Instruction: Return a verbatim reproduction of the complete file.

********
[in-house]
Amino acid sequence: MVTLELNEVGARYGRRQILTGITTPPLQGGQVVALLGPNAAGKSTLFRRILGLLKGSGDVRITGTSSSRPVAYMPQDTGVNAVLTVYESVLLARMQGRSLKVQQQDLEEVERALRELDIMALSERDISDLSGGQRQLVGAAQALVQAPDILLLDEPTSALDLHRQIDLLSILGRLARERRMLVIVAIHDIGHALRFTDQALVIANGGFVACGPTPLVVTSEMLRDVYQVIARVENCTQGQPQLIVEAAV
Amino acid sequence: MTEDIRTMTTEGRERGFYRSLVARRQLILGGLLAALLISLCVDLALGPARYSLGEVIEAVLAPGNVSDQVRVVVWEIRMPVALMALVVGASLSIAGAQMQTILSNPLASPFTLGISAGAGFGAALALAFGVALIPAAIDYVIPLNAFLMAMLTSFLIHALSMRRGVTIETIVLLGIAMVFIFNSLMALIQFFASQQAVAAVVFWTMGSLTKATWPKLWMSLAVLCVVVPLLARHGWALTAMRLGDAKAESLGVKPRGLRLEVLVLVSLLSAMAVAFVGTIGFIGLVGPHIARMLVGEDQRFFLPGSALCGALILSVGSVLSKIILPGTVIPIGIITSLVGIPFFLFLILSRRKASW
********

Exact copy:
[in-house]
Amino acid sequence: MVTLELNEVGARYGRRQILTGITTPPLQGGQVVALLGPNAAGKSTLFRRILGLLKGSGDVRITGTSSSRPVAYMPQDTGVNAVLTVYESVLLARMQGRSLKVQQQDLEEVERALRELDIMALSERDISDLSGGQRQLVGAAQALVQAPDILLLDEPTSALDLHRQIDLLSILGRLARERRMLVIVAIHDIGHALRFTDQALVIANGGFVACGPTPLVVTSEMLRDVYQVIARVENCTQGQPQLIVEAAV
Amino acid sequence: MTEDIRTMTTEGRERGFYRSLVARRQLILGGLLAALLISLCVDLALGPARYSLGEVIEAVLAPGNVSDQVRVVVWEIRMPVALMALVVGASLSIAGAQMQTILSNPLASPFTLGISAGAGFGAALALAFGVALIPAAIDYVIPLNAFLMAMLTSFLIHALSMRRGVTIETIVLLGIAMVFIFNSLMALIQFFASQQAVAAVVFWTMGSLTKATWPKLWMSLAVLCVVVPLLARHGWALTAMRLGDAKAESLGVKPRGLRLEVLVLVSLLSAMAVAFVGTIGFIGLVGPHIARMLVGEDQRFFLPGSALCGALILSVGSVLSKIILPGTVIPIGIITSLVGIPFFLFLILSRRKASW